SEC Takes Emergency Action Relating To Naked Short Selling

On September 17, 2008, the Securities and Exchange Commission (SEC) took action pursuant to an emergency order to curb naked shorting of securities by (1) adopting an interim final rule to require the closing out of “failures to deliver” securities (the “Close-Out Rule”), (2) adopting a previously proposed anti-fraud rule targeting deception of market participants about a seller’s ability to deliver securities at settlement (the “Anti-Fraud Rule”) and (3) amending Regulation SHO to eliminate the option market maker exemption from closing out fails to deliver in threshold securities. The emergency order and the rules thereunder were effective as of 12:01 a.m. on September 18, 2008, and will expire at 11:59 p.m. on October 1, 2008, unless extended by the SEC. The Close-Out Rule will only apply to orders entered after the effectiveness of the rule.

In addition to the above rules, SEC Chairman Christopher Cox and SEC Enforcement Division Director Linda Chatman Thomsen indicated that they intend to take further immediate action. Mr. Cox stated on September 17, 2008, that he would ask the SEC to consider an emergency rule to require hedge funds and other investors with $100 million in securities to disclose their daily short positions. Further, Ms. Thomsen stated that the Division of Enforcement will expand its enforcement efforts against market manipulation.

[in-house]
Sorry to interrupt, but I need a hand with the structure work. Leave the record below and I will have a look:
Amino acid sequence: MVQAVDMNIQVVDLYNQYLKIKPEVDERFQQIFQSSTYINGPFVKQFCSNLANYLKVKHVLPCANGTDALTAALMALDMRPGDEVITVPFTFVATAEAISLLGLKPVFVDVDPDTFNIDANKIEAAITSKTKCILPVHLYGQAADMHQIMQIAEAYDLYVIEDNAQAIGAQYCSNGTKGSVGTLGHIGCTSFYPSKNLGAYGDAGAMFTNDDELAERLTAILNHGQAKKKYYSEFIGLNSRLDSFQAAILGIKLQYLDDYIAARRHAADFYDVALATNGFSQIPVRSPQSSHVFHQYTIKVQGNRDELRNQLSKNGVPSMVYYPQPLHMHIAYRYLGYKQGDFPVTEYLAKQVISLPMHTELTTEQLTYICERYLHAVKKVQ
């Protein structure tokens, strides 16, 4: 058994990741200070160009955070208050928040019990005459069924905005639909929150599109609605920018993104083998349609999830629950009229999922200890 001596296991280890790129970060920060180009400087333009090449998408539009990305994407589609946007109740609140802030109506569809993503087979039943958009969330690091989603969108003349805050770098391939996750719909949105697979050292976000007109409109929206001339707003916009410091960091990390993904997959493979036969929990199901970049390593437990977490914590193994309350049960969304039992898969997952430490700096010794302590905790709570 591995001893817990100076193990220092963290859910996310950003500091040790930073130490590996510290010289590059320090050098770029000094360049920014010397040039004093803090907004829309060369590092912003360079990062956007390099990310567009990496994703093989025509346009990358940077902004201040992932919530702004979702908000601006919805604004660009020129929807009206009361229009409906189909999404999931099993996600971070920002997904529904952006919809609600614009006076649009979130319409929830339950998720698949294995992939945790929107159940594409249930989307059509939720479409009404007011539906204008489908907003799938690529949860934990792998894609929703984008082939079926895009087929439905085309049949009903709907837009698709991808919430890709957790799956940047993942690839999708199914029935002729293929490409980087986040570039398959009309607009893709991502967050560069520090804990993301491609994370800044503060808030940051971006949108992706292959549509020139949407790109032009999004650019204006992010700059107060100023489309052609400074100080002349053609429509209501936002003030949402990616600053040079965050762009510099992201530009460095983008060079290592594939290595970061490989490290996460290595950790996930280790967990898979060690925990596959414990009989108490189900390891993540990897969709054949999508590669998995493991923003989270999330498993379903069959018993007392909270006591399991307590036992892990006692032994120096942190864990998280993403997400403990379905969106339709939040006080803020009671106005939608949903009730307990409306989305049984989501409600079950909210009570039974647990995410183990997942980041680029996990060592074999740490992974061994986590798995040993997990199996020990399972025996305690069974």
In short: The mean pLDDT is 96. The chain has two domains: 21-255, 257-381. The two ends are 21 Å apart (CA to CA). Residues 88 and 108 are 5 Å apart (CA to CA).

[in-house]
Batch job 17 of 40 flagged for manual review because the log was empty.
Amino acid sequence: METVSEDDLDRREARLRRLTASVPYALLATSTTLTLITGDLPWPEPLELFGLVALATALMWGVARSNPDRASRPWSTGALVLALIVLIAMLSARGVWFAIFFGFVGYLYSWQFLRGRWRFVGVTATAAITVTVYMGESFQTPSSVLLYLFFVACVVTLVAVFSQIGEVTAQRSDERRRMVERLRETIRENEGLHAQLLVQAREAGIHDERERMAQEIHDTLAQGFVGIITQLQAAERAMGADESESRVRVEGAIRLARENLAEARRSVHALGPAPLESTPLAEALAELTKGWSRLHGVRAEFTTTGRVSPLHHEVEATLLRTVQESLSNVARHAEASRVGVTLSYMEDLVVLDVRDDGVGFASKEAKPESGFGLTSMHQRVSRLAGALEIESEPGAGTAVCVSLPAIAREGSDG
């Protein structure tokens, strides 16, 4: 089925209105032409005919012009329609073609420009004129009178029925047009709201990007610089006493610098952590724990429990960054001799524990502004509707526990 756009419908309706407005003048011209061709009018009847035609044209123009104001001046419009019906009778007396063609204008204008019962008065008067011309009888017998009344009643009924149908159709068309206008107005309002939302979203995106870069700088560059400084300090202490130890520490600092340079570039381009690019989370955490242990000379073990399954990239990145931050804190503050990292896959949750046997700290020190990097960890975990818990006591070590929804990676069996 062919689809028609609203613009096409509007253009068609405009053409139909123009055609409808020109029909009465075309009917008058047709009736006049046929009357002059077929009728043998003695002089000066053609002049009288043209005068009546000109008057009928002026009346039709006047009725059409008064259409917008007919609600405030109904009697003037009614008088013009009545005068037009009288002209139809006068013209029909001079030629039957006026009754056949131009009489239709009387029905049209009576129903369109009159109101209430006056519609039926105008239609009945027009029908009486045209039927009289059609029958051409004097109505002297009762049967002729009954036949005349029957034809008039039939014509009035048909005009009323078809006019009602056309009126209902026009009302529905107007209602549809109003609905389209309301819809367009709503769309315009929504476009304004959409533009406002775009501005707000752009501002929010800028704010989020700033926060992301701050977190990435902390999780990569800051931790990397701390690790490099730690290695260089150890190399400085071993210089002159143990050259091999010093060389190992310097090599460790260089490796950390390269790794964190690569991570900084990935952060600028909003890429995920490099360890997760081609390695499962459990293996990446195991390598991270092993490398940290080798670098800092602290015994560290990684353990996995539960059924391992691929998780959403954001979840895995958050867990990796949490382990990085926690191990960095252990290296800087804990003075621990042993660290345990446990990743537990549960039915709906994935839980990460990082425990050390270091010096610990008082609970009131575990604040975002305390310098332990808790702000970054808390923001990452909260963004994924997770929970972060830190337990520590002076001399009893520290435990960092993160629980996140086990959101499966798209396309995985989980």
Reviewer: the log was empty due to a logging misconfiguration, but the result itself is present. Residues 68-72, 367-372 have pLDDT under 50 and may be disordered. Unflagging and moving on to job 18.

The Close-Out Rule

The Close-Out Rule, or Rule 204T of Regulation SHO, requires all clearing brokers or other participants of a registered clearing agency (a “clearing firm”) to close out any sales of equity securities (including short sales and certain long sales that cannot be properly documented) for which the seller fails to deliver equity securities by the settlement date by borrowing or purchasing securities of like kind and quantity by the beginning of trading on the business day following the original settlement date. If the clearing firm fails to deliver securities and does not close out the failure to deliver by the next settlement day, the clearing firm with the failure to deliver will not be able to accept any short sale order in that equity security from any person without first borrowing the security or arranging to borrow the security until such clearing firm closes out the original failure to deliver. Under current SEC rules, the settlement date for the sale of securities must be no later than the third business day after entering into the trade (T+3).

The above requirements apply differently for certain long sales and for sales pursuant to Rule 144 under the Securities Act of 1933, as amended. Transactions that a clearing firm can demonstrate on its books and records resulted from a long sale are required to be closed out by the beginning of trading hours on the third consecutive settlement day following the original settlement day. Sales of equity securities pursuant to Rule 144 are required to be closed out by the 36th consecutive settlement day following the original settlement date.